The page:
How to write a literary analysis
So, you need to know how to write a literary analysis. Do not worry because we have you covered. A literary analysis involves analyzing the different parts of a piece of literature in order to understand what the author is trying to convey, and then convincing your reader of this interpretation. In a way, a literary analysis is very similar to an argumentative essay , except that you will be arguing about a piece of literature. As with writing an argumentative essay, there are steps on how to write a literary analysis, too.
- As you read the piece of literature you are going to write about, take note of any details that have significance. These are elements that you can focus on in your analysis and use as evidence to support your argument later on. You may need to read the text multiple times, so make sure to start early.
- After reading the text, do some preliminary research. Focus on critics’ interpretations or opinions of the text as these will enrich and support your argument.
- Familiarize yourself with literary terms and literary devices . These are the elements that make up a story, and will therefore help you in interpreting the text and in crafting your literary analysis.
- Plan your essay. Pick what element of the story you want to write about and what you want to say about it (just make sure that you can provide textual evidence!), then start crafting your thesis statement.
- Keep your paper organized and focused. Follow the introduction-body-conclusion structure and always keep the thesis statement in mind as you write so that you do not stray from your topic.
- In the Introduction , provide the details of the text, such as the author’s name, the genre, and the year of publication. Then, give a brief summary of the story, as well as what the essay hopes to accomplish. Finally, state your thesis statement.
- The body is where you explain and justify your analysis.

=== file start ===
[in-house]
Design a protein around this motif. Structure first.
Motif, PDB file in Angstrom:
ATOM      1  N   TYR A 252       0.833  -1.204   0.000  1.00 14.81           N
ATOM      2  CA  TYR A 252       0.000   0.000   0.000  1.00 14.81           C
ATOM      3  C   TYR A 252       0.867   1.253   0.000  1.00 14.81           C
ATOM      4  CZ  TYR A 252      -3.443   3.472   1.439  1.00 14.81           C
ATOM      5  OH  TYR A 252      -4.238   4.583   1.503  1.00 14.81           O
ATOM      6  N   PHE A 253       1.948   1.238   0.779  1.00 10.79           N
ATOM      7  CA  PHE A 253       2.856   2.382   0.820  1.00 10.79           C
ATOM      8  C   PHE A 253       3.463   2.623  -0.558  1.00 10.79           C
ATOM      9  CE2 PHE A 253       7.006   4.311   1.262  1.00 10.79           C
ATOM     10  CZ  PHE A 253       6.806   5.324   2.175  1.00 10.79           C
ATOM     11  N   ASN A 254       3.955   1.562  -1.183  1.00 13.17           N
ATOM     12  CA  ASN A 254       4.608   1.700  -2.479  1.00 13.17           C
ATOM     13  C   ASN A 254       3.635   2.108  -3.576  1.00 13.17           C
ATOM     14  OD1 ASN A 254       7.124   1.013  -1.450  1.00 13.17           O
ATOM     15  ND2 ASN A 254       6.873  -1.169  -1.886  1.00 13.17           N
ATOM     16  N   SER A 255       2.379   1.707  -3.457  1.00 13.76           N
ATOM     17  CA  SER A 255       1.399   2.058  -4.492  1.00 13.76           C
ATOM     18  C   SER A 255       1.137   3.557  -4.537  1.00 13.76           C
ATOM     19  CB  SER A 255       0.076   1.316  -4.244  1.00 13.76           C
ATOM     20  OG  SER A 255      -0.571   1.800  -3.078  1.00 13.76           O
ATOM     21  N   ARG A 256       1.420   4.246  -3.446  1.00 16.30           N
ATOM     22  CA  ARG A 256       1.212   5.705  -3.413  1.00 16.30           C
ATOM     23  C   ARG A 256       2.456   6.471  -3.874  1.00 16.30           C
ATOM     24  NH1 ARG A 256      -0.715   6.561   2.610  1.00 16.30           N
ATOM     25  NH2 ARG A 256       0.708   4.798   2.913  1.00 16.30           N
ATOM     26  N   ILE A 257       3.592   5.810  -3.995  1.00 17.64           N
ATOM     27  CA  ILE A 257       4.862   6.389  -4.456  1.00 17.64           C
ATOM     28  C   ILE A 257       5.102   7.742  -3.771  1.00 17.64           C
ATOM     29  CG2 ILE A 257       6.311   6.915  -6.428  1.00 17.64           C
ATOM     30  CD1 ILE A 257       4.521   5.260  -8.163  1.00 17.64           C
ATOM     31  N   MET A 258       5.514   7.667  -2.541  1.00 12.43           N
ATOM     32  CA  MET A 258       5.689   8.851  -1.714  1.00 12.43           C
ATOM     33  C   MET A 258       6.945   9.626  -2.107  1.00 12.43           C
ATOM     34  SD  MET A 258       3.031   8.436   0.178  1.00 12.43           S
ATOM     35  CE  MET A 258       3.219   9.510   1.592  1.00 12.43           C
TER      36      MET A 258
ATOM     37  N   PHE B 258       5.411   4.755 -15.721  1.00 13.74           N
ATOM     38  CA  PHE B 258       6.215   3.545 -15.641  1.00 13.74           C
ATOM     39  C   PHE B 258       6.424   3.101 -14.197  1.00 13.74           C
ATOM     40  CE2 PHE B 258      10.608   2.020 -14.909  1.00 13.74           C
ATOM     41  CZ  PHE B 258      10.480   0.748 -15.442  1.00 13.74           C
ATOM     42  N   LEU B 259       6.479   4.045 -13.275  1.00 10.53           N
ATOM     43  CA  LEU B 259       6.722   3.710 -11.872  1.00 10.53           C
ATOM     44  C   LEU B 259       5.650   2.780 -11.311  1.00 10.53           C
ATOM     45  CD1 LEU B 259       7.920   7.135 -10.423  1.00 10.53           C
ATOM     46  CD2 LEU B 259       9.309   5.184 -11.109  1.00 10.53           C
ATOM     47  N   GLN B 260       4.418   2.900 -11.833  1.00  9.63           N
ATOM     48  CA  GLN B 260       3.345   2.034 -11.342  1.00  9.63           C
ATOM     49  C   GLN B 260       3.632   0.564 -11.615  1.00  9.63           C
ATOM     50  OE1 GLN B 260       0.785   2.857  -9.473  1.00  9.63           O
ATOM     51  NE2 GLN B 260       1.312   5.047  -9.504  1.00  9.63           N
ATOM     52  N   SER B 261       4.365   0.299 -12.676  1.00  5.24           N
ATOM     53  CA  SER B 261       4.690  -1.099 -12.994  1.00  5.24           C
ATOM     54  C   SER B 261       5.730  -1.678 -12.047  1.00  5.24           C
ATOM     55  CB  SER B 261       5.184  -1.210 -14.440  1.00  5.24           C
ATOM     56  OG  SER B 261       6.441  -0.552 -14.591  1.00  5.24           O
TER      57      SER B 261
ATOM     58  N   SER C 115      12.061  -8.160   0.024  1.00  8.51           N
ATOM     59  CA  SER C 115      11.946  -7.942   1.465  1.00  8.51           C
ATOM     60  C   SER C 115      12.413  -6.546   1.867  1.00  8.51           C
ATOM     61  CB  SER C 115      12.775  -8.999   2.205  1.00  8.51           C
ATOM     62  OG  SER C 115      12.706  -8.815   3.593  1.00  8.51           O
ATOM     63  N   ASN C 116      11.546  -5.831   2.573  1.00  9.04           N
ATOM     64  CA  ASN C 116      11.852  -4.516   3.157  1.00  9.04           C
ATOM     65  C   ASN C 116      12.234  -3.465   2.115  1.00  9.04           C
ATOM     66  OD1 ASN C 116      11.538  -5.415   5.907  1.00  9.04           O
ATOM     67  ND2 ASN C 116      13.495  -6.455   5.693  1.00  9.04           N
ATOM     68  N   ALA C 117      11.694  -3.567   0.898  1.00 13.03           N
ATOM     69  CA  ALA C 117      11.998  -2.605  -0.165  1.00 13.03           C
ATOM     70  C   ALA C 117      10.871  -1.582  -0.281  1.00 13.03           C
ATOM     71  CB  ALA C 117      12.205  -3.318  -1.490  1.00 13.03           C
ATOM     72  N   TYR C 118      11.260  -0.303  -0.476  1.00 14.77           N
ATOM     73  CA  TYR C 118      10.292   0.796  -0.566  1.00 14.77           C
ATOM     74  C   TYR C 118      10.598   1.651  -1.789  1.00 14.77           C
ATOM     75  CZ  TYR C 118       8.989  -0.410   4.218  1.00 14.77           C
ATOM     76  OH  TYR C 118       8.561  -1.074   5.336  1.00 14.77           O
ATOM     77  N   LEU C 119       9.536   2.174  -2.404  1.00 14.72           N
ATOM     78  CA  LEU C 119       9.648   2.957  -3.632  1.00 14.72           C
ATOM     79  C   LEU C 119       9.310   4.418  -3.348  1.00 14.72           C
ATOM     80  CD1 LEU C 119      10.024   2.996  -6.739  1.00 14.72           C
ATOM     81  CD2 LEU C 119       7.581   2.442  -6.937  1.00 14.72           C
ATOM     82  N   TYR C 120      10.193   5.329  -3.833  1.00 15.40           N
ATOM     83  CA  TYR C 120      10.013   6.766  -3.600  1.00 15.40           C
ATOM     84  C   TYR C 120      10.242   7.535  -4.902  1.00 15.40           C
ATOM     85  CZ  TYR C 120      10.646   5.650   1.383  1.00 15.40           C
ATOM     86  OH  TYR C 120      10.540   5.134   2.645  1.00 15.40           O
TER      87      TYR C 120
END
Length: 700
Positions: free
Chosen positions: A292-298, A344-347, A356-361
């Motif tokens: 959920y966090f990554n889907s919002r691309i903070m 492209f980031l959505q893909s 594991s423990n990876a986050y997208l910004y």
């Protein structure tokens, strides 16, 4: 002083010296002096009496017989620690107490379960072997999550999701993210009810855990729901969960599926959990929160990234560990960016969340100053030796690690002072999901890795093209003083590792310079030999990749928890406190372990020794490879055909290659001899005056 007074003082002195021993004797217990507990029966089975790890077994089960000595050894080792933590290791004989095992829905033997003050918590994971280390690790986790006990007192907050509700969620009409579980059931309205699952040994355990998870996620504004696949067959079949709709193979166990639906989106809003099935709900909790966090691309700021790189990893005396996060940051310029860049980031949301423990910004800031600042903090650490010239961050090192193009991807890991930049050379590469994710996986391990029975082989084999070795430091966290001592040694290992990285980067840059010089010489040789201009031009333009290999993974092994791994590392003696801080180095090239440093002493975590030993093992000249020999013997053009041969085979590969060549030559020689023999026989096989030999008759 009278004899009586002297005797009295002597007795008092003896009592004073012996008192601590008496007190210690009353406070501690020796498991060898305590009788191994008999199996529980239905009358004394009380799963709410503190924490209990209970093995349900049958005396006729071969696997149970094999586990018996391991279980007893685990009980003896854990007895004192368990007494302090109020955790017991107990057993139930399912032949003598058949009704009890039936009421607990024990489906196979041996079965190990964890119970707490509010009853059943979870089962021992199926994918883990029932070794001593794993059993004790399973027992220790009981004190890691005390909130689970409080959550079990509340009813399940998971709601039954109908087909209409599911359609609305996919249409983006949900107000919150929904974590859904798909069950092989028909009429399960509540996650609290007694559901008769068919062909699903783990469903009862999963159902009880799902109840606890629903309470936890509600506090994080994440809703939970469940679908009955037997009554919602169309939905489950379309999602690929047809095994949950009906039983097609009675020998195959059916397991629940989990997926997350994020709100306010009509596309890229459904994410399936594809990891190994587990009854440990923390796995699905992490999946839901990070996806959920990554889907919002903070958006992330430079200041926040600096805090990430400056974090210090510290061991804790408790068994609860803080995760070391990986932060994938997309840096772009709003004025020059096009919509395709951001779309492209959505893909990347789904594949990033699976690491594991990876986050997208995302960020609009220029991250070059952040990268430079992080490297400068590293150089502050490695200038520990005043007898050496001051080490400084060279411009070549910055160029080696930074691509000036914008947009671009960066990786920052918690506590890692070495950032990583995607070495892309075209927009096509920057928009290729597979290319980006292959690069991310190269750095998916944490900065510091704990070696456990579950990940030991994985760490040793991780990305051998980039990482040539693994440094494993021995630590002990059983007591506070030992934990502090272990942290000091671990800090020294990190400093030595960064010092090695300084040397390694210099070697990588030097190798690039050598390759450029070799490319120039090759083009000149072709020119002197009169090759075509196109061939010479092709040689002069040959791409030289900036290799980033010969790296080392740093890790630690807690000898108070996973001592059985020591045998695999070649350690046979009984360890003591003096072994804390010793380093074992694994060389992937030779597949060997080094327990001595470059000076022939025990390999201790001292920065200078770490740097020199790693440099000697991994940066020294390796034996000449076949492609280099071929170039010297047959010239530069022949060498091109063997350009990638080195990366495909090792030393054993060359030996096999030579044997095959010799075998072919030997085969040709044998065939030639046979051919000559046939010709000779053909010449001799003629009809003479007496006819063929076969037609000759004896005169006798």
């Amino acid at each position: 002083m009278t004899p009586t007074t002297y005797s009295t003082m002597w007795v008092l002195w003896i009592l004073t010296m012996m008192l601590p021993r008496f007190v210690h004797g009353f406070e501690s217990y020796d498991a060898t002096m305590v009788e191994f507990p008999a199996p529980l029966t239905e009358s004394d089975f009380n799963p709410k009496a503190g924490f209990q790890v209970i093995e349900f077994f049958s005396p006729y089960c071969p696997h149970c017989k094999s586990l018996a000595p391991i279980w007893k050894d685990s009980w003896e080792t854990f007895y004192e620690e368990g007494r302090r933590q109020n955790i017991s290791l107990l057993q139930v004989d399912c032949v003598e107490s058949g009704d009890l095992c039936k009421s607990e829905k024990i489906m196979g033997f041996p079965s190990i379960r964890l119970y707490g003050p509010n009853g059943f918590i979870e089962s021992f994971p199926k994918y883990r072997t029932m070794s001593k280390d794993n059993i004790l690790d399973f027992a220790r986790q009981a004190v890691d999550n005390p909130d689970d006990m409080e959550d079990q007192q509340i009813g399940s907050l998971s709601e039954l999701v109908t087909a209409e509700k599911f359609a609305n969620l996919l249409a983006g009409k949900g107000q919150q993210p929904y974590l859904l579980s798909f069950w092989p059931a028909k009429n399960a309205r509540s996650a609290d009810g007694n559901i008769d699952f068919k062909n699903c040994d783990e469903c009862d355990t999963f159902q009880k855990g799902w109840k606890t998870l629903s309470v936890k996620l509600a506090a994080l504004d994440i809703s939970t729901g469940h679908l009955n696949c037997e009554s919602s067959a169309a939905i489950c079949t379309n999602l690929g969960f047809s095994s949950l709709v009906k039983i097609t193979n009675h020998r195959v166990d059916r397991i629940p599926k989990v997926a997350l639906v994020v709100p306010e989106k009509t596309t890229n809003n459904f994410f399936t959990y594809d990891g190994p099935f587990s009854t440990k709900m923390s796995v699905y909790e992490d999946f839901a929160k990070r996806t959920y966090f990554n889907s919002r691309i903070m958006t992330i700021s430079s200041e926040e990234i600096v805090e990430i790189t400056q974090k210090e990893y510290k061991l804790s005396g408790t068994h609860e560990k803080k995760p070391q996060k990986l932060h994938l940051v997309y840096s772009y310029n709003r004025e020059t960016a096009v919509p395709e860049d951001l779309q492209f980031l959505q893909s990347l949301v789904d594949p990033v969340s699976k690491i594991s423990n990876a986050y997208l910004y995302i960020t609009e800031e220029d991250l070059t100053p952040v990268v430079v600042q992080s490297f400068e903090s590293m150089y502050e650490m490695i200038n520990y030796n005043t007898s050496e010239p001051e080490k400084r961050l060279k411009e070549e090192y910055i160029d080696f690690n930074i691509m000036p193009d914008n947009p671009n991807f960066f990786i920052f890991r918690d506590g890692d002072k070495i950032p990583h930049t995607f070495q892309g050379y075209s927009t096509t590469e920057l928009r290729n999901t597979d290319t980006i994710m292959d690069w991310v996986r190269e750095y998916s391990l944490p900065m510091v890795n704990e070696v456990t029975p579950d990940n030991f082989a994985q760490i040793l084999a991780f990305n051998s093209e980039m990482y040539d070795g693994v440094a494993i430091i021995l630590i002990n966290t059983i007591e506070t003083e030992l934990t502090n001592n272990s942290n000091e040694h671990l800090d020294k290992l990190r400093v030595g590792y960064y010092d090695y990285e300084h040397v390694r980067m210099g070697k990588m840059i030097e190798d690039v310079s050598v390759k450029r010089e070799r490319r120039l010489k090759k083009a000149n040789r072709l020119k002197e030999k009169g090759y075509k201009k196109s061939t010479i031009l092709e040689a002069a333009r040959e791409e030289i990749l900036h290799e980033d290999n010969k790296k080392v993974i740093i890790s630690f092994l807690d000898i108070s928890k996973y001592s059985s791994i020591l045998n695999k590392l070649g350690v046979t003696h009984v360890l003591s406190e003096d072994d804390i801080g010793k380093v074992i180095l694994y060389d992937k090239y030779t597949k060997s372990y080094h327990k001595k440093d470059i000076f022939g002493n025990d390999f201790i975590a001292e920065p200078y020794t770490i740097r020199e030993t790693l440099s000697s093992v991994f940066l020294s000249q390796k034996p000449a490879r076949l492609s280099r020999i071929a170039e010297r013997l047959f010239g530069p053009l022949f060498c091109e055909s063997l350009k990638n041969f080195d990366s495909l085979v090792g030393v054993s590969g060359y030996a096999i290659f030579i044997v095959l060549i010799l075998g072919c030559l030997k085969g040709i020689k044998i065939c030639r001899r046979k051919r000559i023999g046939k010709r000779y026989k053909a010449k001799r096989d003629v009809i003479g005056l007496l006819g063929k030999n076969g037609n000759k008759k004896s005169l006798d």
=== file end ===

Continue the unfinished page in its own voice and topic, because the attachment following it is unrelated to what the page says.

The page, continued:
- For each point or argument in your thesis statement, allot a paragraph or two.
- Each paragraph should start with a topic sentence. This is the first sentence of your paragraph that introduces which part of the thesis this paragraph will tackle.
- After presenting your argument, provide textual evidence. Textual evidence may be a scene that you recount, a small detail or object, or a quote (this should be cited).
- Most importantly, explain how the textual evidence supports the topic sentence or the thesis statement. The commentary is your interpretation, analysis, or insight into the text.
- Your commentary may also be based on or supported by a critic’s opinion or interpretation. Citing a critic could help make your argument more credible.
- Keep your essay coherent by using transition devices . These phrases connect your ideas so that your reader can understand them easily.
The concluding sentence is what ties up your entire paragraph to the thesis statement.
- The conclusion is the last paragraph of your literary analysis. This is where you restate the thesis statement and all the arguments you presented. You may also include additional insights or opinions.
- Finally, remember to cite your sources.
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